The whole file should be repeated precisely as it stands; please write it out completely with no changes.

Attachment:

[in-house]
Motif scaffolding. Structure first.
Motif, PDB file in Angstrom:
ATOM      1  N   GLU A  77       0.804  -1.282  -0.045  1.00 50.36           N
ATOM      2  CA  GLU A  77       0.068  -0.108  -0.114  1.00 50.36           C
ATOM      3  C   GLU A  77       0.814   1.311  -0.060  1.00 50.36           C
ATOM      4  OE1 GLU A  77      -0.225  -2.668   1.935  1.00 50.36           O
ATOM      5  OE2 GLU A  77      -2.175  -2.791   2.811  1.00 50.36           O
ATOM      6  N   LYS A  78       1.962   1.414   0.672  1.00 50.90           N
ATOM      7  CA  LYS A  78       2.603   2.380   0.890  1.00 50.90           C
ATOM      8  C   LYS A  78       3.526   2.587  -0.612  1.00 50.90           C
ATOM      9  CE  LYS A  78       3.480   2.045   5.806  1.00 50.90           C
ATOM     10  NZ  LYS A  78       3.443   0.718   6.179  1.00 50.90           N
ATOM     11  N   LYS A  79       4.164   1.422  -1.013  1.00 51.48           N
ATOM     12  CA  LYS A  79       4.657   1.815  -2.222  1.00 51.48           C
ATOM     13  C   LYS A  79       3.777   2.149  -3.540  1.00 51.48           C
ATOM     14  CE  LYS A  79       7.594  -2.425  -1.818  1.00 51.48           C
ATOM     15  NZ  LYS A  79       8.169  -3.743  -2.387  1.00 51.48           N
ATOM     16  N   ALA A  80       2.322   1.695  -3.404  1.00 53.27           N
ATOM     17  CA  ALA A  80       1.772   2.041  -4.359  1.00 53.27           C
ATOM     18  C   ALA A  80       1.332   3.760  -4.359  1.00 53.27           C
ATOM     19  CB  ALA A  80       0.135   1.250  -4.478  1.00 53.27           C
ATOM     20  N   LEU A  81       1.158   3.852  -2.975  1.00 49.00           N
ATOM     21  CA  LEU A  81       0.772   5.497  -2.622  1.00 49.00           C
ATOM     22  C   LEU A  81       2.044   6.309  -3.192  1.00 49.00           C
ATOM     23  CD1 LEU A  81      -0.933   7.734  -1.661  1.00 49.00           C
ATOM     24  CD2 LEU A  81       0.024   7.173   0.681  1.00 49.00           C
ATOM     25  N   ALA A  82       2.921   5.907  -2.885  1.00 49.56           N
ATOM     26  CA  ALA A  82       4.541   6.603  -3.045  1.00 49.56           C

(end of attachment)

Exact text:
[in-house]
Motif scaffolding. Structure first.
Motif, PDB file in Angstrom:
ATOM      1  N   GLU A  77       0.804  -1.282  -0.045  1.00 50.36           N
ATOM      2  CA  GLU A  77       0.068  -0.108  -0.114  1.00 50.36           C
ATOM      3  C   GLU A  77       0.814   1.311  -0.060  1.00 50.36           C
ATOM      4  OE1 GLU A  77      -0.225  -2.668   1.935  1.00 50.36           O
ATOM      5  OE2 GLU A  77      -2.175  -2.791   2.811  1.00 50.36           O
ATOM      6  N   LYS A  78       1.962   1.414   0.672  1.00 50.90           N
ATOM      7  CA  LYS A  78       2.603   2.380   0.890  1.00 50.90           C
ATOM      8  C   LYS A  78       3.526   2.587  -0.612  1.00 50.90           C
ATOM      9  CE  LYS A  78       3.480   2.045   5.806  1.00 50.90           C
ATOM     10  NZ  LYS A  78       3.443   0.718   6.179  1.00 50.90           N
ATOM     11  N   LYS A  79       4.164   1.422  -1.013  1.00 51.48           N
ATOM     12  CA  LYS A  79       4.657   1.815  -2.222  1.00 51.48           C
ATOM     13  C   LYS A  79       3.777   2.149  -3.540  1.00 51.48           C
ATOM     14  CE  LYS A  79       7.594  -2.425  -1.818  1.00 51.48           C
ATOM     15  NZ  LYS A  79       8.169  -3.743  -2.387  1.00 51.48           N
ATOM     16  N   ALA A  80       2.322   1.695  -3.404  1.00 53.27           N
ATOM     17  CA  ALA A  80       1.772   2.041  -4.359  1.00 53.27           C
ATOM     18  C   ALA A  80       1.332   3.760  -4.359  1.00 53.27           C
ATOM     19  CB  ALA A  80       0.135   1.250  -4.478  1.00 53.27           C
ATOM     20  N   LEU A  81       1.158   3.852  -2.975  1.00 49.00           N
ATOM     21  CA  LEU A  81       0.772   5.497  -2.622  1.00 49.00           C
ATOM     22  C   LEU A  81       2.044   6.309  -3.192  1.00 49.00           C
ATOM     23  CD1 LEU A  81      -0.933   7.734  -1.661  1.00 49.00           C
ATOM     24  CD2 LEU A  81       0.024   7.173   0.681  1.00 49.00           C
ATOM     25  N   ALA A  82       2.921   5.907  -2.885  1.00 49.56           N
ATOM     26  CA  ALA A  82       4.541   6.603  -3.045  1.00 49.56           C